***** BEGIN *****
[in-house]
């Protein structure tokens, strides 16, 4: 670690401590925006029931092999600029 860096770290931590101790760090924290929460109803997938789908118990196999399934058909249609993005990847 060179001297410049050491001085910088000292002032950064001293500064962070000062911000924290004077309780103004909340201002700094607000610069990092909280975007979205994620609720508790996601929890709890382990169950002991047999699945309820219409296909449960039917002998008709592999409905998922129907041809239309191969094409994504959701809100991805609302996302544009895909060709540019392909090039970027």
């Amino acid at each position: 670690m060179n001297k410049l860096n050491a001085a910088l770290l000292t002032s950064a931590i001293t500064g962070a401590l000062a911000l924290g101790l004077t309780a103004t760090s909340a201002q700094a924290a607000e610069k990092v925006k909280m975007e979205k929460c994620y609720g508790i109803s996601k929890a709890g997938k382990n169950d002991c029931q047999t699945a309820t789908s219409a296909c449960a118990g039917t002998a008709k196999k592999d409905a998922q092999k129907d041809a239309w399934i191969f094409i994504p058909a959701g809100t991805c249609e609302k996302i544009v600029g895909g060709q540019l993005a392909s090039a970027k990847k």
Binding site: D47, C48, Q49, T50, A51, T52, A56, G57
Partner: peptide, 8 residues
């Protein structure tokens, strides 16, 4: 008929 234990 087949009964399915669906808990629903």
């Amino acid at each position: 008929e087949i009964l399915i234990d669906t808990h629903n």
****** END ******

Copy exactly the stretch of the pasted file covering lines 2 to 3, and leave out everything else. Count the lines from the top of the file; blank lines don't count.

């Protein structure tokens, strides 16, 4: 670690401590925006029931092999600029 860096770290931590101790760090924290929460109803997938789908118990196999399934058909249609993005990847 060179001297410049050491001085910088000292002032950064001293500064962070000062911000924290004077309780103004909340201002700094607000610069990092909280975007979205994620609720508790996601929890709890382990169950002991047999699945309820219409296909449960039917002998008709592999409905998922129907041809239309191969094409994504959701809100991805609302996302544009895909060709540019392909090039970027």
């Amino acid at each position: 670690m060179n001297k410049l860096n050491a001085a910088l770290l000292t002032s950064a931590i001293t500064g962070a401590l000062a911000l924290g101790l004077t309780a103004t760090s909340a201002q700094a924290a607000e610069k990092v925006k909280m975007e979205k929460c994620y609720g508790i109803s996601k929890a709890g997938k382990n169950d002991c029931q047999t699945a309820t789908s219409a296909c449960a118990g039917t002998a008709k196999k592999d409905a998922q092999k129907d041809a239309w399934i191969f094409i994504p058909a959701g809100t991805c249609e609302k996302i544009v600029g895909g060709q540019l993005a392909s090039a970027k990847k």